By Georgianna Reilly, LMSW
SJS Staff Writer
Recently, a middle school teacher in the Detroit, Susan Johnson, area played a the song “Same Love” in her performing arts class at the suggestion of a student. The song’s lyrics support and promote diversity, by supporting same sex marriage and mentioning the harassment faced by homosexual youth. The songs lyrics do not contain foul language or violence, yet after a student in her class complained about the song Ms. Johnson was promptly suspended for three days from teaching, including two without pay.
Is this a type of censorship? Is it Bigotry and ignorance on the School’s part? I for one would say yes and the ACLU and the LGBTQ advocacy group Equality Michigan seems to agree:
” “While we are still investigating this incident, it appears that the South Lyon Community School District is taking a stance against diversity and love,” said Emily Dievendorf, Director of Policy for Equality Michigan.
“Suspending a teacher for playing a song with lyrics like ‘love is kind’ and ‘if I was gay, I would think hip-hop hates me’ says more about the school district’s intolerance towards same-sex love than the teacher’s judgment of her student’s music tastes,” said Dievendorf.
“I cannot help but wonder if they would have suspended her for playing a song which speaks positively of opposite-sex love or provides observations on the oppression faced by certain religions,” she added.”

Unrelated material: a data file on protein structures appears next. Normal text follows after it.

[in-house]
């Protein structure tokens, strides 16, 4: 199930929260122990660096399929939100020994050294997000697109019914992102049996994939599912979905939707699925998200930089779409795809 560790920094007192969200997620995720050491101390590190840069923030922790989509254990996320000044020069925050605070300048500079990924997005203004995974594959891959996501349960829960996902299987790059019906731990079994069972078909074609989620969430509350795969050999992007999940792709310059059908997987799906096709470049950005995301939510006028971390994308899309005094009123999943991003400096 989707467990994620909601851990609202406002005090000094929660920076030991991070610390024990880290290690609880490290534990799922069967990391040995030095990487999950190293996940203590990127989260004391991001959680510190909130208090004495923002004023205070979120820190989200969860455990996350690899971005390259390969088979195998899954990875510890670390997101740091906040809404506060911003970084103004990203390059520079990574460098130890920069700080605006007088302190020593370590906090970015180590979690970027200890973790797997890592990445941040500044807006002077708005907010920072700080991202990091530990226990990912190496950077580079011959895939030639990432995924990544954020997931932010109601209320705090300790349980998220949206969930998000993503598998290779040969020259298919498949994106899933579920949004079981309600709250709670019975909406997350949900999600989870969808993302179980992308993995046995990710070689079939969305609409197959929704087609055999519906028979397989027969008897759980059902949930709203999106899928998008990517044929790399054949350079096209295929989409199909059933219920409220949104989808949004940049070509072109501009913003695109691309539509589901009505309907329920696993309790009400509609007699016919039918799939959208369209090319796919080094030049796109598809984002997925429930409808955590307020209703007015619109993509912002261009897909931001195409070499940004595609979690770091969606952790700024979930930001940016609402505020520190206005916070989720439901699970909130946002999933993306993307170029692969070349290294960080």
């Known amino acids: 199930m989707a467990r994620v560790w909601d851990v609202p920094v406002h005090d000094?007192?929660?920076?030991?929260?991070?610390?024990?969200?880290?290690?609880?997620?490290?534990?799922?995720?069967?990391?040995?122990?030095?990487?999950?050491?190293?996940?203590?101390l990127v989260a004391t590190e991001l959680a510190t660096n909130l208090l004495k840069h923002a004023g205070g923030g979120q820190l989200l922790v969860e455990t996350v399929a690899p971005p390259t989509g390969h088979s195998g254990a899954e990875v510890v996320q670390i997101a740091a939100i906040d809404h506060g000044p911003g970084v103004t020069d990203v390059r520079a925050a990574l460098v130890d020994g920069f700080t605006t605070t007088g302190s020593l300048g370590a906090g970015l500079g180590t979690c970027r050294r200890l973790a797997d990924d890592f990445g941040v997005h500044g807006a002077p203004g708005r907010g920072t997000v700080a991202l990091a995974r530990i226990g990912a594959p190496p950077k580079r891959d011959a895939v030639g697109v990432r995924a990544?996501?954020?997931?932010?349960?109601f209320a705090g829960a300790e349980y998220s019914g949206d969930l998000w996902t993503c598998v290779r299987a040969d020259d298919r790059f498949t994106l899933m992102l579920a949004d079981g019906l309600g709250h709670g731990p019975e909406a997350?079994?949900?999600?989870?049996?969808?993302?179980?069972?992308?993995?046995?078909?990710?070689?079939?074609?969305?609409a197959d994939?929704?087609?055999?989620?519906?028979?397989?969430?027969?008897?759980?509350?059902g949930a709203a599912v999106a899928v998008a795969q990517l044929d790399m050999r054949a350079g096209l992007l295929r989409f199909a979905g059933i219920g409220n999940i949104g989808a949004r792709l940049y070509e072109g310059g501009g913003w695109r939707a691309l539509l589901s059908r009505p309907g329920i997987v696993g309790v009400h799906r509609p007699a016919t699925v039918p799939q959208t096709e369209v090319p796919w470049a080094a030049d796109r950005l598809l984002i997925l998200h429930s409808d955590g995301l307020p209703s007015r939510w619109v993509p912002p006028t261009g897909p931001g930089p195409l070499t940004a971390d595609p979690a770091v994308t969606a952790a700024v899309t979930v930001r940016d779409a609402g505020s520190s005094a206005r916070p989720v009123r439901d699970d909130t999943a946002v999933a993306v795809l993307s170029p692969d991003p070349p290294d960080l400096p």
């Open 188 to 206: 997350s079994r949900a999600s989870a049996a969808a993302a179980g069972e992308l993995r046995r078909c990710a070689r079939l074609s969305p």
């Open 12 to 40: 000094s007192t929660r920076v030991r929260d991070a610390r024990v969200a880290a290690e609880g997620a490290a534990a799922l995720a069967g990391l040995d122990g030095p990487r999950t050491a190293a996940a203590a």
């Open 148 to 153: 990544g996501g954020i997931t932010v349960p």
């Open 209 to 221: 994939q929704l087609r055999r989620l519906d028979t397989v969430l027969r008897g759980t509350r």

This is what I would want in a teacher, someone who attempts to push the envelope and discuss ‘taboo’ topics while supporting diversity and acceptance. To break the cycle of harassment, hatred and violence we need to start with the youth in every way possible. Unfortunately, many people aren’t ready for this, for the acceptance of others and facing the diversity the surrounds them, and this is a pity.
I think we as social workers should support anyone from any profession who tries to do what Ms. Johnson has. A united front has power than individual entities, and this goes far beyond simply the core values and ethics of social workers or teachers. This is an issue for all professionals to address. I appreciate Ms. Johnson’s attempts at promoting diversity and wish her the best in her efforts in the future! Hopefully this will not hinder her from further lessons in the future.
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